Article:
This week, it was reported that a Russian organized cybercrime group known for hacking into banks and retailers appears to have breached hundreds of computer systems at software giant Oracle Corp. Although the size and scope of the breach is not yet determined, Krebs on Security reported that Oracle had detected malicious code in more than 700 infected MICROS systems. Oracle’s MICROS is among the top three point-of-sale vendors globally, and sells point-of-sale (POS) systems used at more than 330,000 cash registers worldwide.
A source briefed on the investigation says the breach likely started with a single infected system inside of Oracle’s network that was then used to compromise additional systems. Among those was a customer “ticketing portal” that Oracle uses to help MICROS customers remotely troubleshoot problems with their point-of-sale systems. Those sources further stated that the intruders placed malicious code on the MICROS support portal, and that the malware allowed the attackers to steal MICROS customer usernames and passwords when customers logged in the support Web site.
As with any data breach, the aftermath is often a lengthy process to navigate, and hopefully, as Oracle is forcing a password reset for all support accounts on the MICROS portal, MICROS customers can avoid any potential havoc that the malware intrusion could wreak. But the fear of what could be is real, as hackers could potentially use the compromised credentials to remotely upload card-stealing malware onto the exposed MICROS point-of-sale systems.
Malware – Silent and Stealthy
Malware is an umbrella term used to refer to a variety of forms of hostile or intrusive software, including computer viruses, worms, Trojan horses, ransomware, and other malicious programs. It can take the form of executable code, scripts, active content, and other software.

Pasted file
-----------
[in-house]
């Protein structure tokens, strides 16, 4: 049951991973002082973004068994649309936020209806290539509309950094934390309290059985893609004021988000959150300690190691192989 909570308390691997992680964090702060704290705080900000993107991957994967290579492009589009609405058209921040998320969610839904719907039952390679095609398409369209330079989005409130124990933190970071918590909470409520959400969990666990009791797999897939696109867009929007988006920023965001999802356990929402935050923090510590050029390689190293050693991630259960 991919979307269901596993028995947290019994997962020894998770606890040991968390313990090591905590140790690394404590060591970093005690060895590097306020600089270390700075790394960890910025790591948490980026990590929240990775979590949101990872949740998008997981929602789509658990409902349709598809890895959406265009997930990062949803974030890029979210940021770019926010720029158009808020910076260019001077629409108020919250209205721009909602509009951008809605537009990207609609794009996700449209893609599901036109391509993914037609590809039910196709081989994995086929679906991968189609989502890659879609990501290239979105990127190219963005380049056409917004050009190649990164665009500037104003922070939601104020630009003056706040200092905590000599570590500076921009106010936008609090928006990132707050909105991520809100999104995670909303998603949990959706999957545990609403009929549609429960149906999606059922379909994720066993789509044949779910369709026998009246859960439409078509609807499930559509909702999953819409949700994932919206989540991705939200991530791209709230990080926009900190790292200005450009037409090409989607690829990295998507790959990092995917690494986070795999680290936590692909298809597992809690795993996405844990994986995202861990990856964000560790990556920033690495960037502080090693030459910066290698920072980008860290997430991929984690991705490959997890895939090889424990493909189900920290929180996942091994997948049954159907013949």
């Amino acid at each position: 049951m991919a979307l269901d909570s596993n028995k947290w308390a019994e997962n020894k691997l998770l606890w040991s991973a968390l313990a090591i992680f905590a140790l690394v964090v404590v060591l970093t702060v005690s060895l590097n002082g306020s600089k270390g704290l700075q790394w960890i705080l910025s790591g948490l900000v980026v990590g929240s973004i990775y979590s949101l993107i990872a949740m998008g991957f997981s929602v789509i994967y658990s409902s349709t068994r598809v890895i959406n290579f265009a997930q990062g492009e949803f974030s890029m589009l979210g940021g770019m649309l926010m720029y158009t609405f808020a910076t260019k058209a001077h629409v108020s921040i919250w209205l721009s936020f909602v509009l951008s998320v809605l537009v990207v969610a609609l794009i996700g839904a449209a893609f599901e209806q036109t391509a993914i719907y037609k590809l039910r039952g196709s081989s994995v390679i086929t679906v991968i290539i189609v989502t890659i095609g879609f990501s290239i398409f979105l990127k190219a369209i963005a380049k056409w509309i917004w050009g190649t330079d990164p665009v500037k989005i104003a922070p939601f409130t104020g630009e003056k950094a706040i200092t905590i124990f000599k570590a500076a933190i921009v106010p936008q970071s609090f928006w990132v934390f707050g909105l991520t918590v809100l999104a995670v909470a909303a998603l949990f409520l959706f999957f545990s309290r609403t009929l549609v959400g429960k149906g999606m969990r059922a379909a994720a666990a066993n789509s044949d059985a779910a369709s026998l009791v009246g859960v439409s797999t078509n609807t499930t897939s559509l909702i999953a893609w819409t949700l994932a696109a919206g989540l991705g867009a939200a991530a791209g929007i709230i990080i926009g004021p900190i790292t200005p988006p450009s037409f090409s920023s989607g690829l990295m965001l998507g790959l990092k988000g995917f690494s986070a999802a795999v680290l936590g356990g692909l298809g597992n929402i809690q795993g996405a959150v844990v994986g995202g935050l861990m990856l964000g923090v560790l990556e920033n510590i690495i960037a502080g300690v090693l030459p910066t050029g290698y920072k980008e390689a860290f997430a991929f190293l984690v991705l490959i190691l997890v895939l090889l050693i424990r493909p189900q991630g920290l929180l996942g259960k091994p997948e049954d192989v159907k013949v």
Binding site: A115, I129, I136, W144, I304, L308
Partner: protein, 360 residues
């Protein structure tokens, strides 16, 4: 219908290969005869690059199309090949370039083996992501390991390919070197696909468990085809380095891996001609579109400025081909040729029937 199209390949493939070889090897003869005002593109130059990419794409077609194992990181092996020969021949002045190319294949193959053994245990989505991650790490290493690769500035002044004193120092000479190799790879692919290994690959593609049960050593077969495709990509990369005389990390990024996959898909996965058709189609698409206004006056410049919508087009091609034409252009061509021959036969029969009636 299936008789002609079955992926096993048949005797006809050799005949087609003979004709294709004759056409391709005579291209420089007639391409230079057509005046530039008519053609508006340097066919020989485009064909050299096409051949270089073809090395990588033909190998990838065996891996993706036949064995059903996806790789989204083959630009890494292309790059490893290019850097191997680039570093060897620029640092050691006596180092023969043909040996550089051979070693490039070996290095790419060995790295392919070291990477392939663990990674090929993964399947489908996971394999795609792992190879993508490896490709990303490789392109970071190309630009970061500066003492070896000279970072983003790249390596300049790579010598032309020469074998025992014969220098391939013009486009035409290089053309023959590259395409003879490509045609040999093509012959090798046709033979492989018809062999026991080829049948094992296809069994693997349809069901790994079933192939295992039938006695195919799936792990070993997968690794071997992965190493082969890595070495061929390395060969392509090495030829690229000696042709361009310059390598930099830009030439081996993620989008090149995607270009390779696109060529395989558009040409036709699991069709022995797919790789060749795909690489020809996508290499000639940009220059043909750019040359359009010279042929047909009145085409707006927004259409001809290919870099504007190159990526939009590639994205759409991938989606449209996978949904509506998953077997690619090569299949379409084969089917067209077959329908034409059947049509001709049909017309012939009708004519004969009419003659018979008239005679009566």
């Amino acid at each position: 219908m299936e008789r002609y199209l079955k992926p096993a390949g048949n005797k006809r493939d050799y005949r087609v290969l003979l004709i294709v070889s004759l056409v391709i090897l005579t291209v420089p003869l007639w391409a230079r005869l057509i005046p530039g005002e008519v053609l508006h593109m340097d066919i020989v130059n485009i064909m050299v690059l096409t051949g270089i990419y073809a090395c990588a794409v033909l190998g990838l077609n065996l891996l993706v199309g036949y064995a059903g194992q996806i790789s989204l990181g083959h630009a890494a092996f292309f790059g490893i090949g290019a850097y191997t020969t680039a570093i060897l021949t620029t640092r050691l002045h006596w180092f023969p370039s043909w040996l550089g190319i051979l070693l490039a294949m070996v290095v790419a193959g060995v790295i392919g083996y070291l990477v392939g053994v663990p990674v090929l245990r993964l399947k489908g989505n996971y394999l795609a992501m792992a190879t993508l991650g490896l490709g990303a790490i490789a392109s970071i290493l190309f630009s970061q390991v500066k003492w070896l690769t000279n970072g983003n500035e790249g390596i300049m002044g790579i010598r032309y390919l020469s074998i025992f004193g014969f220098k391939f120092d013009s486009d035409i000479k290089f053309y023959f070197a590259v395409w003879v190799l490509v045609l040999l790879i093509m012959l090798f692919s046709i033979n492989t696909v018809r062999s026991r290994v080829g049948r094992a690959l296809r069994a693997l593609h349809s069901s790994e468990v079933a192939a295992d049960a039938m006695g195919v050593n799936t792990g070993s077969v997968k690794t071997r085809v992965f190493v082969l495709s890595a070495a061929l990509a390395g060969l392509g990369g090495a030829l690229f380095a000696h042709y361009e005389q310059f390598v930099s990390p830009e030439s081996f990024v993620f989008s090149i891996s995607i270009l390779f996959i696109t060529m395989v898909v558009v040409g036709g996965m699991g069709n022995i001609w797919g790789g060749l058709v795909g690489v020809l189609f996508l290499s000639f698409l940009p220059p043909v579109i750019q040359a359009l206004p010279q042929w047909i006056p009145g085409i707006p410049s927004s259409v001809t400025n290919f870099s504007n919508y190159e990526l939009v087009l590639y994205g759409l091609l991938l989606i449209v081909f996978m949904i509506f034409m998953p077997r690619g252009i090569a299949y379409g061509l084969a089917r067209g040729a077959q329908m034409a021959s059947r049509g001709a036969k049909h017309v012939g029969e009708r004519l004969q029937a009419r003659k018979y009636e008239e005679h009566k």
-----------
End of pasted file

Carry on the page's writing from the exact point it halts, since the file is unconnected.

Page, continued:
POS-based malware has driven most of the credit card breaches over the past two years, including intrusions at Target and Home Depot, as well as breaches at a slew of POS vendors. The malware usually is installed via hacked remote administration tools. Once the attackers have their malware loaded onto the point-of-sale devices, they can remotely capture data from each card swiped at that cash register.
Thieves can then sell the data to crooks who specialize in encoding the stolen data onto any card with a magnetic stripe, and using the cards to buy gift cards and high-priced goods from big-box stores like Target and Best Buy.
This recent hack wasn’t the first time MICROS was the victim of malware. A year ago, researchers discovered MalumPos – a memory scraping malware program created to steal payment card information encoded on the magnetic stripe of payment cards – was designed to collect data from POS systems running on the Oracle MICROS platform.
EMV was once “Touted” as the Cure for Breaches
Last October, retailers and banks began replacing regular magnetic stripe card readers with EMV as the in-store counterfeit fraud liability shifted from card issuers like Visa and MasterCard to banks and merchants. The mandate came amid high-profile breaches of retailers like Home Depot and Target, and perhaps because of this timing, a mindset developed that EMV technology would stop the breaches from happening.